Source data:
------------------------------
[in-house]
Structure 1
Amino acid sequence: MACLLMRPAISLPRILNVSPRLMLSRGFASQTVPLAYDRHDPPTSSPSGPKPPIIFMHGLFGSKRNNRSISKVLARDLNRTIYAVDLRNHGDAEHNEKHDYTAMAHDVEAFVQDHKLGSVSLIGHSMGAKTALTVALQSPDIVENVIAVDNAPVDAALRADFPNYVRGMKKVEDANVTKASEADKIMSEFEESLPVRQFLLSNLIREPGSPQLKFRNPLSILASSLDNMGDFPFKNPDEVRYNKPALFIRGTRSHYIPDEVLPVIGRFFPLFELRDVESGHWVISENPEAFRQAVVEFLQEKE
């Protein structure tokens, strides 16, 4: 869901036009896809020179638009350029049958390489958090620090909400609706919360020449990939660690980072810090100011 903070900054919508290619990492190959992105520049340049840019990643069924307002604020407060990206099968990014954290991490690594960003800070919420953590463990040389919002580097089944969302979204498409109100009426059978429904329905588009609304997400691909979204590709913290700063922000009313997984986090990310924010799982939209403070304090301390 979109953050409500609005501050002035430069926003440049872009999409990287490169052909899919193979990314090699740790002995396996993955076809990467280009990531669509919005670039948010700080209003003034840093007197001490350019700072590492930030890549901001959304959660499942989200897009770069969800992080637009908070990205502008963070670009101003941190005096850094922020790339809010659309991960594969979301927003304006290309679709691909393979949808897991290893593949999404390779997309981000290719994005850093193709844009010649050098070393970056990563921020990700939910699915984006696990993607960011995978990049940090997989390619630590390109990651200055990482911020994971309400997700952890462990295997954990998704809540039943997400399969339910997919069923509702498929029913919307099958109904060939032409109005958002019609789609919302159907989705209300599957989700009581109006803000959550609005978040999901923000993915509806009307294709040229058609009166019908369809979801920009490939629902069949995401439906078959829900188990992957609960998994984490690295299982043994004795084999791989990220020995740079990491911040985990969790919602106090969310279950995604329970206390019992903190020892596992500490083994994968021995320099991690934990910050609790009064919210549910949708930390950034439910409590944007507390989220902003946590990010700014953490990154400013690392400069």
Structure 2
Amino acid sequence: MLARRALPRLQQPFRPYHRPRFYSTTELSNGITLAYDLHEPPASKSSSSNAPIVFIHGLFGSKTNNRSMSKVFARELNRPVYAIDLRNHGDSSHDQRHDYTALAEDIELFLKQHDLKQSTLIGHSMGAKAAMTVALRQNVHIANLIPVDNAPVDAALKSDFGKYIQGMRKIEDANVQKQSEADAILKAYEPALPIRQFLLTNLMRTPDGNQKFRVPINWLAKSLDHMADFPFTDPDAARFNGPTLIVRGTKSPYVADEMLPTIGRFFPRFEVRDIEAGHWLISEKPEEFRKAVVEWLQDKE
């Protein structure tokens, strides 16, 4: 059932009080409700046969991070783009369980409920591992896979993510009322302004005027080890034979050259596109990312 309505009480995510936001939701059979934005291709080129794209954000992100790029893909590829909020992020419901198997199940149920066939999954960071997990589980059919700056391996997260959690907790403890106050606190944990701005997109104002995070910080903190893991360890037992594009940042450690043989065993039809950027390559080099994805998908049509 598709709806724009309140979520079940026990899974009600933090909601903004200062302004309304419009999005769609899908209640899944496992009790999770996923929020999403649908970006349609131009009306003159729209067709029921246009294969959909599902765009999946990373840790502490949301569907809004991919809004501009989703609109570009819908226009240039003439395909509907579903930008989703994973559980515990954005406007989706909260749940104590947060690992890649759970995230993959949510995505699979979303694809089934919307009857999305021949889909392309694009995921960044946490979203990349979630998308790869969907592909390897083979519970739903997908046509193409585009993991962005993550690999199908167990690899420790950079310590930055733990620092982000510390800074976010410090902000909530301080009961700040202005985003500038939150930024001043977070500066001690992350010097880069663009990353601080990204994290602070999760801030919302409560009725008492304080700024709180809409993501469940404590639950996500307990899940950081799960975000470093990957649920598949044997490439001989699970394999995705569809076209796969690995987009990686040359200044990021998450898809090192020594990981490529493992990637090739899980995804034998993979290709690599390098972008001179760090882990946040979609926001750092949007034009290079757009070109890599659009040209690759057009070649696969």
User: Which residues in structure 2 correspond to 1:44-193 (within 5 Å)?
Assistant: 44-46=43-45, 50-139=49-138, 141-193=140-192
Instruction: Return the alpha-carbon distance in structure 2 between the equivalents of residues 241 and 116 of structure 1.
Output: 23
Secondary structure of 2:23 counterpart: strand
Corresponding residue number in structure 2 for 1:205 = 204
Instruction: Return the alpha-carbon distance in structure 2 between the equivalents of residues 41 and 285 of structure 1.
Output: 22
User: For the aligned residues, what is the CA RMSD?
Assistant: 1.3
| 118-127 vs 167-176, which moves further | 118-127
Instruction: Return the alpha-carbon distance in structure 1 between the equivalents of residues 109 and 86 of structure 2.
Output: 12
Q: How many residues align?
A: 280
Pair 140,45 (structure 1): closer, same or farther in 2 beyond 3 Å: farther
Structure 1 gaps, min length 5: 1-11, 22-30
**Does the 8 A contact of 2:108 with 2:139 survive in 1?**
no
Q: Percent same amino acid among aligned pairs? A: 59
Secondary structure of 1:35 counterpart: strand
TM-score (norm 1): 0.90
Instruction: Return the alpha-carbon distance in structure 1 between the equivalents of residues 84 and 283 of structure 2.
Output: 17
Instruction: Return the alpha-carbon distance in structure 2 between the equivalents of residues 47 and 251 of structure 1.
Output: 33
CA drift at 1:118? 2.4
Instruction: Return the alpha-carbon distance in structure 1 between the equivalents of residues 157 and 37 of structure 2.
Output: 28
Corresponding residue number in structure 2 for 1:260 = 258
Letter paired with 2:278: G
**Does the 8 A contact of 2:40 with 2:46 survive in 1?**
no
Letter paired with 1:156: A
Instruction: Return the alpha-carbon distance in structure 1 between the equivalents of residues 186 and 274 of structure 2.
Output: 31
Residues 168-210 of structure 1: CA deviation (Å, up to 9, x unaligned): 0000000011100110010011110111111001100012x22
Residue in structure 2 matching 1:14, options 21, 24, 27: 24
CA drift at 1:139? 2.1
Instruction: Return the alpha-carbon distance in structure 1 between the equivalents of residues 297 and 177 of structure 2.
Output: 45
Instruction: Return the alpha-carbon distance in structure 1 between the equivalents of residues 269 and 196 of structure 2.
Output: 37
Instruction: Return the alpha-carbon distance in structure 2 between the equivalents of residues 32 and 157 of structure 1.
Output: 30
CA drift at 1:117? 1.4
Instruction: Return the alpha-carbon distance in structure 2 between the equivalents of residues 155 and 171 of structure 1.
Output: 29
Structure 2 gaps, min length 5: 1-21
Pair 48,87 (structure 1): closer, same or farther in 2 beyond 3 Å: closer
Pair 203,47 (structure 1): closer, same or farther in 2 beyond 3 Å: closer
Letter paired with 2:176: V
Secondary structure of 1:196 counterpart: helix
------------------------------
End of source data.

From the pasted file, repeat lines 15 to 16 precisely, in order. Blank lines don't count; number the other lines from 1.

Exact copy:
Output: 22
User: For the aligned residues, what is the CA RMSD?